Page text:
DealMakers AFRICA Q2 2021

ESG considerations set to increasingly influence dealmaking, investment and growth in Africa 

by Duran Ribeiro

Environmental, social and governance (ESG) factors are now quintessential points of discussion, and key strategic informants, in most boardrooms around the world. Some organisations use ESG as the foundation for their vision and strategy, and some seek to leverage ESG factors in an attempt to enhance their public image. Others focus on the potential return, risk mitigation and long-term value that ESG prioritisation can deliver to the firm and, in some cases, to the broader community in which they operate.


From an investment perspective, ESG is primarily concerned with the long-term impact that a company, fund or other investment vehicle can have on the environment, society, and organisational performance. Investors that prioritise these ESG considerations typically follow a strategy of investing in companies that can demonstrate that they are working to make the world a better place or, at least, reduce the negative impact of their operations on the environment. 

Duran.jpg

In recent years, there has been steadily increasing evidence that a strong ESG proposition can create significant value for all stakeholders, including investors, which is why there has been such a significant increase in investor focus on ESG factors when selecting investment opportunities. There is no doubt that ESG is becoming an increasingly important driver of deal activity. Investors no longer simply evaluate balance sheets and financial projections; they want to see evidence of far more complex, nuanced factors that influence long-term value creation. A sincere and measurable ESG commitment is often at the top of that list of non-negotiable factors.


It is not just investors who want to see evidence of this ESG commitment. Regulators and customers have the same expectations of companies, which means that organisations are under pressure from all sides to ensure that demonstrable ESG commitment is one of their most urgent priorities. Small wonder, then, that according to research done by McKinsey, 83% of C-Suite business executives say that over the next two years, ESG factors will become increasingly important to them in their assessment of potential merger and acquisition (M&A) opportunities. This feedback reinforces the fact that companies are increasingly looking beyond whether an acquisition is just a good fit from a business perspective; they are also carefully considering how the M&A transactions they enter into will positively impact their all-important ESG strategies, helping to fuel long-term value, as well as mitigate risks.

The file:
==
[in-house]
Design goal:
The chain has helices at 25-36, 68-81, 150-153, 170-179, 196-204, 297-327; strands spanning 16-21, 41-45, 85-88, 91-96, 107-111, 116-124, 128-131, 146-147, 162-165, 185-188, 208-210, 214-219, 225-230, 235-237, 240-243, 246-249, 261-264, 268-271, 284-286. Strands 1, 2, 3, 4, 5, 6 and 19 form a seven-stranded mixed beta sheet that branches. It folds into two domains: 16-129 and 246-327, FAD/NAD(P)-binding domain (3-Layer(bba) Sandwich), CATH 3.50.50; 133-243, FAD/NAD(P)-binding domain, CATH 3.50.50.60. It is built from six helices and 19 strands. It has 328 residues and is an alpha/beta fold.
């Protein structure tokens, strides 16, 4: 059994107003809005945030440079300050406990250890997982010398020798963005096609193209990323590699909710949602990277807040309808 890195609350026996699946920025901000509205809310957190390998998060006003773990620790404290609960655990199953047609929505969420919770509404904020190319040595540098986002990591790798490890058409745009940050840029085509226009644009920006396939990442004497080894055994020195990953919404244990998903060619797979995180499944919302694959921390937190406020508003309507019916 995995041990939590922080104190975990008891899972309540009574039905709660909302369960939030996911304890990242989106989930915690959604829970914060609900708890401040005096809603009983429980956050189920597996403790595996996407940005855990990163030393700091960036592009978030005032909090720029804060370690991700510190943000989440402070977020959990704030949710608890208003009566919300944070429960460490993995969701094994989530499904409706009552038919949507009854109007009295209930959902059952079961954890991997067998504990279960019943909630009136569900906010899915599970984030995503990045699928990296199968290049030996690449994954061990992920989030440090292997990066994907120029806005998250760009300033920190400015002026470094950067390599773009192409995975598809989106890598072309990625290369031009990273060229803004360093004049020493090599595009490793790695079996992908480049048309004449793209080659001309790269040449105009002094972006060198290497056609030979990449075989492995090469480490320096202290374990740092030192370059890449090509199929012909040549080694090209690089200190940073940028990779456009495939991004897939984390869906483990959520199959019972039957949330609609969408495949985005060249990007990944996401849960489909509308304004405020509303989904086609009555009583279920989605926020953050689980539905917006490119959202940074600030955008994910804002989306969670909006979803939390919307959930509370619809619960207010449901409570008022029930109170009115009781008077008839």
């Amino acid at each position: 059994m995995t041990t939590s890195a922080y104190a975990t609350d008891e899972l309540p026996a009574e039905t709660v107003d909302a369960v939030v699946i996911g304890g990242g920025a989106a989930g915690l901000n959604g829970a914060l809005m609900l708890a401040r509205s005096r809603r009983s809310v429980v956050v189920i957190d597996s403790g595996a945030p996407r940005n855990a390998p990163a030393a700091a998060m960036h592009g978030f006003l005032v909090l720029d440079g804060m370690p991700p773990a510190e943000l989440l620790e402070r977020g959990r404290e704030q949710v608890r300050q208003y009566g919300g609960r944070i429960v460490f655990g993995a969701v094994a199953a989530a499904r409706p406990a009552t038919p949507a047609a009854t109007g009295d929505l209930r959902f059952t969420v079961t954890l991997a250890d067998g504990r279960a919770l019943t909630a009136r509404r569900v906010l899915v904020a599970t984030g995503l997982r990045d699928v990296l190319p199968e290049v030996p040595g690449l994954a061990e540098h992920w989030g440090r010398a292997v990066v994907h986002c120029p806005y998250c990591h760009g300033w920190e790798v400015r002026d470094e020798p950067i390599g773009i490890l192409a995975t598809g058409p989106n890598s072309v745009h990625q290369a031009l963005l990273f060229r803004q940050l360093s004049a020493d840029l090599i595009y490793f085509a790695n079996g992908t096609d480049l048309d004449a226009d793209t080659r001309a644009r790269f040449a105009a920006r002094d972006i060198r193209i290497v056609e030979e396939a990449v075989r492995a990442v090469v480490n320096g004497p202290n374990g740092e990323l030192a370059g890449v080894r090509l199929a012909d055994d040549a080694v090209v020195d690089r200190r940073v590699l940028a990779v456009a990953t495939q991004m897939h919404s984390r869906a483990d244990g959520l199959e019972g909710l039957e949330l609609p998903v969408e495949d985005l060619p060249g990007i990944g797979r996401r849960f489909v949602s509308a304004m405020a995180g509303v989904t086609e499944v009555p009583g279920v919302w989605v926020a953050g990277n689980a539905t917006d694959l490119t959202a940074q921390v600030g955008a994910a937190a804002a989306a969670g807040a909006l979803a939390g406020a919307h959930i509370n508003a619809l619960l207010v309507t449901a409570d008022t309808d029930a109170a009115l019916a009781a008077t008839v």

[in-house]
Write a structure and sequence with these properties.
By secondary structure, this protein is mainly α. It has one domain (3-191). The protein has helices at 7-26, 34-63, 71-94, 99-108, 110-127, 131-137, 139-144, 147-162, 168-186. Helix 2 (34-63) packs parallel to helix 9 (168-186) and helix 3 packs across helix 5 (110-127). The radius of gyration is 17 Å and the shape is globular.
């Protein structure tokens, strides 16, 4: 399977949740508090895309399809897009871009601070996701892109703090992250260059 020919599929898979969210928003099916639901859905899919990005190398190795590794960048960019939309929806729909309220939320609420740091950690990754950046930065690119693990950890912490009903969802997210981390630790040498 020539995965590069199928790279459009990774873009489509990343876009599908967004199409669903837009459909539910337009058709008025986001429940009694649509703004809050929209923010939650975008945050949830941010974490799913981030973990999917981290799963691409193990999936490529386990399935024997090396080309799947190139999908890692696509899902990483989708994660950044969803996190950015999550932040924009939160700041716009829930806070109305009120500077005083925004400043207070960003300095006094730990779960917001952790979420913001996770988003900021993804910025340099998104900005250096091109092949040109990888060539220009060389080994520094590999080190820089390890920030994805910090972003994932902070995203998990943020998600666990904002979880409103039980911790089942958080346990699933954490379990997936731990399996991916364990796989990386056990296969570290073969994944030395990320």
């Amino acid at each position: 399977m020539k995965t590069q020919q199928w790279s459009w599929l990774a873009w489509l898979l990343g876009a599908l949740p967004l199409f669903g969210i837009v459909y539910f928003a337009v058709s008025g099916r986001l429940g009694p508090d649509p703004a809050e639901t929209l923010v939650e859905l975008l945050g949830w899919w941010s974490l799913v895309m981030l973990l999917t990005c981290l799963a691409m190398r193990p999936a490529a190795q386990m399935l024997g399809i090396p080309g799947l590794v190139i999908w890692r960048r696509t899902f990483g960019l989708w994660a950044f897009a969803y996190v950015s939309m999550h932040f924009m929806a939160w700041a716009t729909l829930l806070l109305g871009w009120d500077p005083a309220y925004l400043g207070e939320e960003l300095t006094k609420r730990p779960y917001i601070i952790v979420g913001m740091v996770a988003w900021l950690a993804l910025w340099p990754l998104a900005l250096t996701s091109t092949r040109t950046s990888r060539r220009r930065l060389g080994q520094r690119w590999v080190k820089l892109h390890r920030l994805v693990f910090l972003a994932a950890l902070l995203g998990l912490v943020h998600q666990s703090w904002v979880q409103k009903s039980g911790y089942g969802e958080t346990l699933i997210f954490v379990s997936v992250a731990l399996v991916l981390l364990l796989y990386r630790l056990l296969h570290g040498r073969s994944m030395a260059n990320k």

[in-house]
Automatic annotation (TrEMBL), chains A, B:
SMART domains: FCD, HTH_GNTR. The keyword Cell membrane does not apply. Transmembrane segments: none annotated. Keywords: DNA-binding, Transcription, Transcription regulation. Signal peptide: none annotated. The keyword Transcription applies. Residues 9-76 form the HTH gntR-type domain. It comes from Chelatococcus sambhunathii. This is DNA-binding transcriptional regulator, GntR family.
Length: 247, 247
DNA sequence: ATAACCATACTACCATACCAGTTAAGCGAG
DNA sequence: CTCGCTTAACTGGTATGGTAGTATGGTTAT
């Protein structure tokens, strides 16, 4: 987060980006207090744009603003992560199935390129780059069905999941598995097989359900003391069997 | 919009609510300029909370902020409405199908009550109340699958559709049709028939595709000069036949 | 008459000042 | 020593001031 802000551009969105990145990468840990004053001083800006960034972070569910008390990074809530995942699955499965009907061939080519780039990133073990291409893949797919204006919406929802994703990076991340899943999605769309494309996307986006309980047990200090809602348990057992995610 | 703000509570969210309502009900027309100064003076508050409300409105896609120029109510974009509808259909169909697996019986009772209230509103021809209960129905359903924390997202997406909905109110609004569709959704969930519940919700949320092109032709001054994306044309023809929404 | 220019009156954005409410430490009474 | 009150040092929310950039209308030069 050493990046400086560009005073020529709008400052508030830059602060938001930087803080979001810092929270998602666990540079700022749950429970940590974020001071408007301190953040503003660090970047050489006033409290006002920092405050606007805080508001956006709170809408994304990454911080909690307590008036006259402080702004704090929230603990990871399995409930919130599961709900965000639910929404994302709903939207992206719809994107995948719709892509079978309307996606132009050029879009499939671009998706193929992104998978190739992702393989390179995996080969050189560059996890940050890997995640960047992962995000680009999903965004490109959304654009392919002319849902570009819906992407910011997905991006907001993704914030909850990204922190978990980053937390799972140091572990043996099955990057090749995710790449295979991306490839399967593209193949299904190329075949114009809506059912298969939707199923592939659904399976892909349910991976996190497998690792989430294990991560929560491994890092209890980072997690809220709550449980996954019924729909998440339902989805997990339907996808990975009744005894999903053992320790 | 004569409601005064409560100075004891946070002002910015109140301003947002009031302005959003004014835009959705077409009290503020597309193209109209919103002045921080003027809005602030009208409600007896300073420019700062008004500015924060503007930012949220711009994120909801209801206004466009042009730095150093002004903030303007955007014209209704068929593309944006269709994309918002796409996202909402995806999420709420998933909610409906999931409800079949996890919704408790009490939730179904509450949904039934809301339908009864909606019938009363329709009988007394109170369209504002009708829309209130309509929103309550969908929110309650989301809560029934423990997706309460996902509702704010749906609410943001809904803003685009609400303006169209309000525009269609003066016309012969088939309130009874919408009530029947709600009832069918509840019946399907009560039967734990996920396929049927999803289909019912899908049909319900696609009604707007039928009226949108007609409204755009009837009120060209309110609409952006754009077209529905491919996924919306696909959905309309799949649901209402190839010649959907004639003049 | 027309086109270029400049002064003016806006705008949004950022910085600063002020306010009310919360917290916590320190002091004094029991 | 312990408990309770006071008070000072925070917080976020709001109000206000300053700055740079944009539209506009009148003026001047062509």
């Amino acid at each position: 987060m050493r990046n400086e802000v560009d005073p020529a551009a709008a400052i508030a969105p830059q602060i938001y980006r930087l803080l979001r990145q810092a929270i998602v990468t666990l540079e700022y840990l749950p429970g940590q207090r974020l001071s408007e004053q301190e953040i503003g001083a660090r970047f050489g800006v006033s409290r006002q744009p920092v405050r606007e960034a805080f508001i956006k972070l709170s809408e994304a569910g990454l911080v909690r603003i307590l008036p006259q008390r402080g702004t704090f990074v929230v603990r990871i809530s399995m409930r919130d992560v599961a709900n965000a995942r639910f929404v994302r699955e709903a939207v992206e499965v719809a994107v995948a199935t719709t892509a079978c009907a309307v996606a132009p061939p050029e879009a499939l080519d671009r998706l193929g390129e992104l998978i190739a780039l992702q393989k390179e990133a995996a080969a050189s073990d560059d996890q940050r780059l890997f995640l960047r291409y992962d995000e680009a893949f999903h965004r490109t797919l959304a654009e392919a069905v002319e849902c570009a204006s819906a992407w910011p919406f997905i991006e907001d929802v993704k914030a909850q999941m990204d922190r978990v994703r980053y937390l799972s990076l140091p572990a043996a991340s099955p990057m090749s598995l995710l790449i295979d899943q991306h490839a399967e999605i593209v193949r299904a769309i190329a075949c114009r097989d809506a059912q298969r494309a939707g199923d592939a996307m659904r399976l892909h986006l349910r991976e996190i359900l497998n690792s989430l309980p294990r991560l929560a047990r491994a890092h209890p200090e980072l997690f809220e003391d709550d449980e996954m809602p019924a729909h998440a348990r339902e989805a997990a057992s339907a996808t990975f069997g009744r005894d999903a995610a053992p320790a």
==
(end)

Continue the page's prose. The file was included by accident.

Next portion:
Of course, strategic fit and aligned financial profiles are likely to always be the most important factors influencing any company’s M&A strategy, but it can be argued that ESG considerations are a significant component of that strategic fit. In fact, there is likely to be an increasing trend towards selecting an M&A target company based on the potential that it offers to enhance the acquiring organisation’s ESG profile. Irrespective of the proportion that ESG considerations make up of the overall M&A assessment, though, the undeniable reality is that ESG will have a part to play in almost every such valuation. And as ESG considerations become more influential in the process of identifying M&A targets, they will also become increasingly important in the pre-deal due diligence process.